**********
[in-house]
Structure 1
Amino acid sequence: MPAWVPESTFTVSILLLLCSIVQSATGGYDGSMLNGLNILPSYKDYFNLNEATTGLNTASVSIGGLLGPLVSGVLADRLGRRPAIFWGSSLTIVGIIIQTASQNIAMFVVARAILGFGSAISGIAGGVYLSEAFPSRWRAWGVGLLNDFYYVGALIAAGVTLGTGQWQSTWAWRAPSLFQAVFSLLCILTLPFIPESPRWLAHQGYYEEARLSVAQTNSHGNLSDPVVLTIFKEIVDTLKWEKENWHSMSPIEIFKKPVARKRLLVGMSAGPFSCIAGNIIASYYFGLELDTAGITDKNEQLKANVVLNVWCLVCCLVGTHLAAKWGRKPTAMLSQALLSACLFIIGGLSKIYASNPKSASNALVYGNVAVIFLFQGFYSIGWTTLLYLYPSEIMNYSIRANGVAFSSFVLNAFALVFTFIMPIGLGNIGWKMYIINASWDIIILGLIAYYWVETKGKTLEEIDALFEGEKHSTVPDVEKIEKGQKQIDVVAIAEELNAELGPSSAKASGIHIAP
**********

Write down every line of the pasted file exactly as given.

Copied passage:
[in-house]
Structure 1
Amino acid sequence: MPAWVPESTFTVSILLLLCSIVQSATGGYDGSMLNGLNILPSYKDYFNLNEATTGLNTASVSIGGLLGPLVSGVLADRLGRRPAIFWGSSLTIVGIIIQTASQNIAMFVVARAILGFGSAISGIAGGVYLSEAFPSRWRAWGVGLLNDFYYVGALIAAGVTLGTGQWQSTWAWRAPSLFQAVFSLLCILTLPFIPESPRWLAHQGYYEEARLSVAQTNSHGNLSDPVVLTIFKEIVDTLKWEKENWHSMSPIEIFKKPVARKRLLVGMSAGPFSCIAGNIIASYYFGLELDTAGITDKNEQLKANVVLNVWCLVCCLVGTHLAAKWGRKPTAMLSQALLSACLFIIGGLSKIYASNPKSASNALVYGNVAVIFLFQGFYSIGWTTLLYLYPSEIMNYSIRANGVAFSSFVLNAFALVFTFIMPIGLGNIGWKMYIINASWDIIILGLIAYYWVETKGKTLEEIDALFEGEKHSTVPDVEKIEKGQKQIDVVAIAEELNAELGPSSAKASGIHIAP